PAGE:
Enhanced Arabian Sea intermediate water flow during glacial North Atlantic cold phases

Simon Jung, Dirk Kroon, G. Ganssen, F. Peeters, Raja Ganeshram

Research output: Contribution to journalArticlepeer-review

Abstract / Description of output

During the last glacial period, polar ice cores indicate climate asynchrony between the poles at the millennial time-scale. Yet, surface ocean circulation in large parts of the globe varied in tune with Greenland temperature fluctuations suggesting that any anti-phase behavior to a substantial degree must lie in the deeper global ocean circulation which is poorly understood outside the Atlantic Ocean. Here we present data from the north-western Indian Ocean which indicate that the timing of maxima in northward extensions of glacial Antarctic Intermediate Water (GAAIW) coincides with dramatically reduced thermohaline overturn in the North Atlantic associated with the Heinrich-ice surge events (HE). The repeated expansion of the GAAIW during HEs, recorded far north of the equator in the Arabian Sea, suggests that southern hemisphere driven intermediate water mass variability forms an integral part of the inter-hemisphere asynchronous climate change behavior at the millennial time-scale.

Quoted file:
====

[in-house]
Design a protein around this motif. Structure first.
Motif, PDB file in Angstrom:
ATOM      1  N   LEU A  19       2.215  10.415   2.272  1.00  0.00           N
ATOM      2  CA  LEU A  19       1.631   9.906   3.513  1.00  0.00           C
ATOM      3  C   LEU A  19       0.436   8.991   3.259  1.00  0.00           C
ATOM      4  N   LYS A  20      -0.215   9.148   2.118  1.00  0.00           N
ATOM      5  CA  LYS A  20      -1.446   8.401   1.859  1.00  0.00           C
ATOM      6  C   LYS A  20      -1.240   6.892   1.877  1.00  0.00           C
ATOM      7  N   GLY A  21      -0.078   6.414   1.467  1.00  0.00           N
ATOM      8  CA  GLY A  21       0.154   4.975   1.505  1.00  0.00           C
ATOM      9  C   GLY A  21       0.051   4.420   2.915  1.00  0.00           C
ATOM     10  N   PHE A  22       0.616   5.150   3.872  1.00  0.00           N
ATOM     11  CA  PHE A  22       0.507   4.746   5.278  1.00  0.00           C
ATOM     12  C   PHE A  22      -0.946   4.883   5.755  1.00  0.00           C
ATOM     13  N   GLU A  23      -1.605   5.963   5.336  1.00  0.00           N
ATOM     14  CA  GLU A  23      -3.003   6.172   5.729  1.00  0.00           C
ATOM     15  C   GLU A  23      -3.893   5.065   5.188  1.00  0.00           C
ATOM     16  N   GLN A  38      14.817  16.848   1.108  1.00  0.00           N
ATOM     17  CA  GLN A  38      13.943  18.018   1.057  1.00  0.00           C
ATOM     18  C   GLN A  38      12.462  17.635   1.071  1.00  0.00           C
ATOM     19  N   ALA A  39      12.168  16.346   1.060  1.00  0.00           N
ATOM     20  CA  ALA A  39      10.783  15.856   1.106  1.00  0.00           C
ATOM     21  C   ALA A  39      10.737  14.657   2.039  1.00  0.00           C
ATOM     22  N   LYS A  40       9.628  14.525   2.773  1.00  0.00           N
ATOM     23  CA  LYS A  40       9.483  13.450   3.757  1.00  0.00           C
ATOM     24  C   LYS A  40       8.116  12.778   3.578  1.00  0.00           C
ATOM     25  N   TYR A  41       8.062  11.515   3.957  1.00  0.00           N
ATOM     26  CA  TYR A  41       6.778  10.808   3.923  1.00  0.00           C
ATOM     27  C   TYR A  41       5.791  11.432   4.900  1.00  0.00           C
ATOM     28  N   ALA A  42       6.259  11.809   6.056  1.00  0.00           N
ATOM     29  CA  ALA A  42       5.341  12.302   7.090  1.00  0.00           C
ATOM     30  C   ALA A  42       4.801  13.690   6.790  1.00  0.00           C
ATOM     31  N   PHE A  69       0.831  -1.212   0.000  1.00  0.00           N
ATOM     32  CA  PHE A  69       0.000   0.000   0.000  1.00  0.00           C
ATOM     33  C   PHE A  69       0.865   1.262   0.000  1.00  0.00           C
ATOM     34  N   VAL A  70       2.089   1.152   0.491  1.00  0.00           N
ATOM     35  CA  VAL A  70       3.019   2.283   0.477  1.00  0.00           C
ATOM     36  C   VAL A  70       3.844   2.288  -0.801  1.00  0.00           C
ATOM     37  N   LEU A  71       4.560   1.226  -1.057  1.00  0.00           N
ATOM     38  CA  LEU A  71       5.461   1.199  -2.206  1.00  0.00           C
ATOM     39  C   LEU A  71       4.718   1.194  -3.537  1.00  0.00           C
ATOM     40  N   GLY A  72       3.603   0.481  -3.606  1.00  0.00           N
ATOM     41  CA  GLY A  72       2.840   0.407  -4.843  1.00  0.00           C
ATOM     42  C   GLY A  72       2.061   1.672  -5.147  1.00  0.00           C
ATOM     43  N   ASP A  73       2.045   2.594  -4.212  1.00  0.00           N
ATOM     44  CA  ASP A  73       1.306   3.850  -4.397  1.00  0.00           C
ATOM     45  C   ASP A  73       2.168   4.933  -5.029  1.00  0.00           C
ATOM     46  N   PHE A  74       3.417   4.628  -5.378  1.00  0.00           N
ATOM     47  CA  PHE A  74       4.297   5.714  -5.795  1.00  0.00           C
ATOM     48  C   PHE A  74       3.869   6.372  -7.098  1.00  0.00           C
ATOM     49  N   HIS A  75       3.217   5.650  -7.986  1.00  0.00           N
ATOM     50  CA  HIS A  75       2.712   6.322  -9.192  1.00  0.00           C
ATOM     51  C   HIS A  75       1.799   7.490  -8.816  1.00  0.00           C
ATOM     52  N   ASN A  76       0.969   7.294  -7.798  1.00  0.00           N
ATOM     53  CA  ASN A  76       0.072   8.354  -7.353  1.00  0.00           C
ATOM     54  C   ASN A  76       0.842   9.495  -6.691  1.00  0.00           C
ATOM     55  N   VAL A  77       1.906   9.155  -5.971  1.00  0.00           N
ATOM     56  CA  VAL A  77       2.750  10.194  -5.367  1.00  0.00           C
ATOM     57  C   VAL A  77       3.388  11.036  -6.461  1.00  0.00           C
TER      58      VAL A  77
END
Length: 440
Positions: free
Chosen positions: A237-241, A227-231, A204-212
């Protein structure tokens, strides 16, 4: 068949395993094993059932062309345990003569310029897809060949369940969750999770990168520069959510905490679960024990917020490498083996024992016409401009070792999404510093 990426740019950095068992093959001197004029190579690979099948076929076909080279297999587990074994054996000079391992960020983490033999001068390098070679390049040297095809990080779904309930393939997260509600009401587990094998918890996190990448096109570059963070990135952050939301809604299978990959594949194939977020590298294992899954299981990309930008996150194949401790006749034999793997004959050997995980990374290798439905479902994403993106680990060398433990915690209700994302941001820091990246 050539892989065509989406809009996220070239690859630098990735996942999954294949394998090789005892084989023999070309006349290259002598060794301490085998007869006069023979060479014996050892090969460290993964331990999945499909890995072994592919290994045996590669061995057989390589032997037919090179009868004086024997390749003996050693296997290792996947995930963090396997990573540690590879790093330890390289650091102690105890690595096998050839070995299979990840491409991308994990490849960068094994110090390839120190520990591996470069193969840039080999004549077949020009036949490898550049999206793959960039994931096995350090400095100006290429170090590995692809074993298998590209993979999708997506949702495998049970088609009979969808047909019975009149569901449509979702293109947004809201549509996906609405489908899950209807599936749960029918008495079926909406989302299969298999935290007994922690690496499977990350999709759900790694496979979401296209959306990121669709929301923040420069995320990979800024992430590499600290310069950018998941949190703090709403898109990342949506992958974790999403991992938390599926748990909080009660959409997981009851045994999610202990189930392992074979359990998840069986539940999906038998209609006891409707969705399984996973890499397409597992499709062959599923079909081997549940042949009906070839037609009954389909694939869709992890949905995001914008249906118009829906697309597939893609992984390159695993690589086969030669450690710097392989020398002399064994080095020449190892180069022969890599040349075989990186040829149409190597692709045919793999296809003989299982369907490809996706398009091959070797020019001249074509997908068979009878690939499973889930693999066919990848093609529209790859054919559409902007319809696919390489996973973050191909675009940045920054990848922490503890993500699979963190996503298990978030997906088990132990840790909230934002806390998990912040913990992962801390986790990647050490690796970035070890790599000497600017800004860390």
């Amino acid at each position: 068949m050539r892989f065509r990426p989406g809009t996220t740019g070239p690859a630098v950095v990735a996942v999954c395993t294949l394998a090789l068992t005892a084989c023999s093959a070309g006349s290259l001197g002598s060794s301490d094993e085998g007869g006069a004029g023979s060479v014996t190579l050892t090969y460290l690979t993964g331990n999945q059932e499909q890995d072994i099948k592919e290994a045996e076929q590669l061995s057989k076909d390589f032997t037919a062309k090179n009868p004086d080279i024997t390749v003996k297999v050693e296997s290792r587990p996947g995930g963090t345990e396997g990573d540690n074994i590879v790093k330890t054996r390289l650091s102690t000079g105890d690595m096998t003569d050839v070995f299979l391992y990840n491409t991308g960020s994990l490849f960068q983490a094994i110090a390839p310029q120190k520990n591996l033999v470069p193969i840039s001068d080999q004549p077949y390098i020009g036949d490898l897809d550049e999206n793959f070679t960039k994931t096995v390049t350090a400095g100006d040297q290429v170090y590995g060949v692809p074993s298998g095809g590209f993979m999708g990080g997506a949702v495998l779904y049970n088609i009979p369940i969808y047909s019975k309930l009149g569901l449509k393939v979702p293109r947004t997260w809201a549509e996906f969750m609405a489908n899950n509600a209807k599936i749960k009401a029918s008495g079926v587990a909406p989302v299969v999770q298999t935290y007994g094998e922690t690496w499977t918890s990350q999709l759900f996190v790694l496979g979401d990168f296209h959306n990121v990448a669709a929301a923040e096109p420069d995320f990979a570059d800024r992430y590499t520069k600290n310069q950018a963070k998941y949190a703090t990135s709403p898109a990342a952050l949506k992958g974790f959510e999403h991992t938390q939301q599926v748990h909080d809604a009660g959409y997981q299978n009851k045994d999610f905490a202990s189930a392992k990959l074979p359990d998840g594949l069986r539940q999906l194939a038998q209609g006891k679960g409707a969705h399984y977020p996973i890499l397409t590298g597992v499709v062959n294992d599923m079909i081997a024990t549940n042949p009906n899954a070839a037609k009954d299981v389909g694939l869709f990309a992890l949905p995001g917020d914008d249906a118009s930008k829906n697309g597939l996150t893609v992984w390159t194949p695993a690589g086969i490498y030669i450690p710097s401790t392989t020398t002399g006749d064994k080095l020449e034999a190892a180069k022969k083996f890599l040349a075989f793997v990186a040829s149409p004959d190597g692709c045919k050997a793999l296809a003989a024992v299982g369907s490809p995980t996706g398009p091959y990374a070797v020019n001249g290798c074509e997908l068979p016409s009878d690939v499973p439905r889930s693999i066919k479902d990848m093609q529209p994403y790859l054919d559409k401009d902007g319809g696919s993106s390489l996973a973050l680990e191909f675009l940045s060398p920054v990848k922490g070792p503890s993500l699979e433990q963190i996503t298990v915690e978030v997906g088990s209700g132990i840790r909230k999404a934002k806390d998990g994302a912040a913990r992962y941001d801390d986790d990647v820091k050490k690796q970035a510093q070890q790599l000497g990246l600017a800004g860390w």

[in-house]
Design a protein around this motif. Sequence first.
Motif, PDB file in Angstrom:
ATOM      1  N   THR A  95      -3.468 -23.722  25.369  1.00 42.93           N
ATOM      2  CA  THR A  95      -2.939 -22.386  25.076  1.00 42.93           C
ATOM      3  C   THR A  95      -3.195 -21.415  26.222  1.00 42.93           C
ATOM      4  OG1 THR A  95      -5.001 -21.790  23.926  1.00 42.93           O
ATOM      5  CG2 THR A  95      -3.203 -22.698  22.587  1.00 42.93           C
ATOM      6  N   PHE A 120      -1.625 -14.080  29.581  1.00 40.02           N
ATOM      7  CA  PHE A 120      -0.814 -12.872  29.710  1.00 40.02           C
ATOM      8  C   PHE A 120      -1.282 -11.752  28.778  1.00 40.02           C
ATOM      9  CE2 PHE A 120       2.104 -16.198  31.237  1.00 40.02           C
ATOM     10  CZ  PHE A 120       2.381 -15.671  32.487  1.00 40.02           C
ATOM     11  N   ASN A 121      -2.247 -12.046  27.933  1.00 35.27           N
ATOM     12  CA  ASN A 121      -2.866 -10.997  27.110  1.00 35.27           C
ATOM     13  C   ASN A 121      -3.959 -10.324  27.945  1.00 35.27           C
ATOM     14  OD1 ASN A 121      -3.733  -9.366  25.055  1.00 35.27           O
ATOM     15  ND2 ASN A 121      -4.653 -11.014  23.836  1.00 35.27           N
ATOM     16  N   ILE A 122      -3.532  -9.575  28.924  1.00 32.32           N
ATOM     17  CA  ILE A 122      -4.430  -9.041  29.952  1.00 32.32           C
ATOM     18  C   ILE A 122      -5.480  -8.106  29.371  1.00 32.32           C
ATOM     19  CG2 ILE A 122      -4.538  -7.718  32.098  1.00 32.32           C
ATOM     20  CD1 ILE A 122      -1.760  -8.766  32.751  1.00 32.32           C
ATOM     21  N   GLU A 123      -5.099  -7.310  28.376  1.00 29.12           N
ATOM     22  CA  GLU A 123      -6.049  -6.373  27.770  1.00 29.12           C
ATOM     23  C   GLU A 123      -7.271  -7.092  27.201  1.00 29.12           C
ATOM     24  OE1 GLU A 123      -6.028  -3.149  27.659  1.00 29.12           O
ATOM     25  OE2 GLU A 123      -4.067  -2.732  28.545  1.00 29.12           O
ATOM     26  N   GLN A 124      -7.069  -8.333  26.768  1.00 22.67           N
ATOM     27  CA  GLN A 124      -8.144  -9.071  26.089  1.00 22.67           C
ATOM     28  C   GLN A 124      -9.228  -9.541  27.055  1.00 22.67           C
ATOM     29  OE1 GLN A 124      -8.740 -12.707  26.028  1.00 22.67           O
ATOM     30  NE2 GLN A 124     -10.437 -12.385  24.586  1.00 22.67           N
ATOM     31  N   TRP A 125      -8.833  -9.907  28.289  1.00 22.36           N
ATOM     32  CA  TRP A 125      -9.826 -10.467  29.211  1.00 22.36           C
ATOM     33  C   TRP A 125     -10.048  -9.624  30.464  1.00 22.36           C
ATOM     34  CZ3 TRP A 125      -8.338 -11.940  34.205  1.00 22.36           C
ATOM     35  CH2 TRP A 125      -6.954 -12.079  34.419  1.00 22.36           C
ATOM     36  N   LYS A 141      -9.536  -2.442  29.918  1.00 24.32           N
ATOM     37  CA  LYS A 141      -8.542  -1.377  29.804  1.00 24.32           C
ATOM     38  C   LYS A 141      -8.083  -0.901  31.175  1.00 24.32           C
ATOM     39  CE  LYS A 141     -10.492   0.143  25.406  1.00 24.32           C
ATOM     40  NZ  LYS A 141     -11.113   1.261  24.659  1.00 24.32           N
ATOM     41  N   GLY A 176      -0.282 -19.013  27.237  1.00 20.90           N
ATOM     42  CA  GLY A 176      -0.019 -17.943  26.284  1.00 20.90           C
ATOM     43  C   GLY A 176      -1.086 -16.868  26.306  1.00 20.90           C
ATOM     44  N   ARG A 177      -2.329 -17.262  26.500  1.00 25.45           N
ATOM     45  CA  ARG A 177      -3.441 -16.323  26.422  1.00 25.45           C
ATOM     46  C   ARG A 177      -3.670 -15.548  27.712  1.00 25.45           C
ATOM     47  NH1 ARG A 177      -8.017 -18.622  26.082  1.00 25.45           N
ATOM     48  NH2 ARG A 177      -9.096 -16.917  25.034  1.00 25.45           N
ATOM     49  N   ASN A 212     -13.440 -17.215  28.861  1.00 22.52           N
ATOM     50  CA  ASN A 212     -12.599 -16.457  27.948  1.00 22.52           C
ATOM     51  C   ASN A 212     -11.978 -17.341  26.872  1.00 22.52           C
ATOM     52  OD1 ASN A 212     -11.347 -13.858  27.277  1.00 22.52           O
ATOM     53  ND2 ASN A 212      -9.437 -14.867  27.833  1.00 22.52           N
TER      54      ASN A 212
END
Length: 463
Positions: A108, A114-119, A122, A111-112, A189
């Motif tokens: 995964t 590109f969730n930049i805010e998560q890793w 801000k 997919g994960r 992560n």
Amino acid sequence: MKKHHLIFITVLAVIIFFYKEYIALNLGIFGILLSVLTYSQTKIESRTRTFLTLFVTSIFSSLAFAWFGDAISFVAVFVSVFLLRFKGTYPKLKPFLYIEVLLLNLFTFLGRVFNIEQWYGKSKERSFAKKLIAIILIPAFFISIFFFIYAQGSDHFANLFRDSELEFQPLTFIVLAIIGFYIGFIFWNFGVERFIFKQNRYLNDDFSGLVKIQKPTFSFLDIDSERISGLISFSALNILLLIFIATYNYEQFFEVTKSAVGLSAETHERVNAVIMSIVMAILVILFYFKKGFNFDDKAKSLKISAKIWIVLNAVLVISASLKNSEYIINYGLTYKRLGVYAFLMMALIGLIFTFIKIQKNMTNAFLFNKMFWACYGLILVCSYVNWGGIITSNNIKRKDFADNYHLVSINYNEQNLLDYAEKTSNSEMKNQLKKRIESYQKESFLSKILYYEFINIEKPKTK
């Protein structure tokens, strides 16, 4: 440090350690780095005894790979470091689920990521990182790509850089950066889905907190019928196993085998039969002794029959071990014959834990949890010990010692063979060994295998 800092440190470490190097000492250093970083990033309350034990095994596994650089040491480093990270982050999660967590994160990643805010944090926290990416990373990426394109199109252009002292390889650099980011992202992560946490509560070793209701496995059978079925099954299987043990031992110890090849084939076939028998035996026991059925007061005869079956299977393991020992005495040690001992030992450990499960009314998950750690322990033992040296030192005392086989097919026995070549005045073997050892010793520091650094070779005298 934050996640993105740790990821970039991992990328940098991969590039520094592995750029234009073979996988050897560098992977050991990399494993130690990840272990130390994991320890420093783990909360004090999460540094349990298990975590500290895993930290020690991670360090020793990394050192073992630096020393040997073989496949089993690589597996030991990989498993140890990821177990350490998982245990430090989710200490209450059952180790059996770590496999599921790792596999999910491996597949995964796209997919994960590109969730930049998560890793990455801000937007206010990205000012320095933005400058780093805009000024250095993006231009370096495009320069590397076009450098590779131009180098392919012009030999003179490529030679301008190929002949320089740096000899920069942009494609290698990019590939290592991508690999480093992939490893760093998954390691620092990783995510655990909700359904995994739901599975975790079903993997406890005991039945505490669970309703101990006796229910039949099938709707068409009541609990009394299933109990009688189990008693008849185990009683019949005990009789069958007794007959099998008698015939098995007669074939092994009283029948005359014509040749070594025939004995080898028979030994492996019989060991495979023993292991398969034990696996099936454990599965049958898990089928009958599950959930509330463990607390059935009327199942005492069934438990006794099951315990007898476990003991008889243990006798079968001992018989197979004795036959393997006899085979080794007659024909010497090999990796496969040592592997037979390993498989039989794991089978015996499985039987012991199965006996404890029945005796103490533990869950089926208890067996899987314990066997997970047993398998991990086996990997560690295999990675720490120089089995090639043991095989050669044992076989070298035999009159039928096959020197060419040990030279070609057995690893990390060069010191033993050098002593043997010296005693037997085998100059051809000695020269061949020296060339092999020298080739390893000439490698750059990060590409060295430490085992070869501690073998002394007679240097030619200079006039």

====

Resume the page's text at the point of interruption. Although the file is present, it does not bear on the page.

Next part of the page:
Original languageEnglish
Pages (from-to)220-228
Number of pages9
JournalEarth and Planetary Science Letters
Issue number1-4
Early online date4 Mar 2009
Publication statusPublished - 15 Apr 2009

Keywords / Materials (for Non-textual outputs)

  • AAIW
  • Arabian Sea
  • bipolar seesaw
  • asynchronous
  • millennial-scale
  • intermediate water


Dive into the research topics of 'Enhanced Arabian Sea intermediate water flow during glacial North Atlantic cold phases'. Together they form a unique fingerprint.

Cite this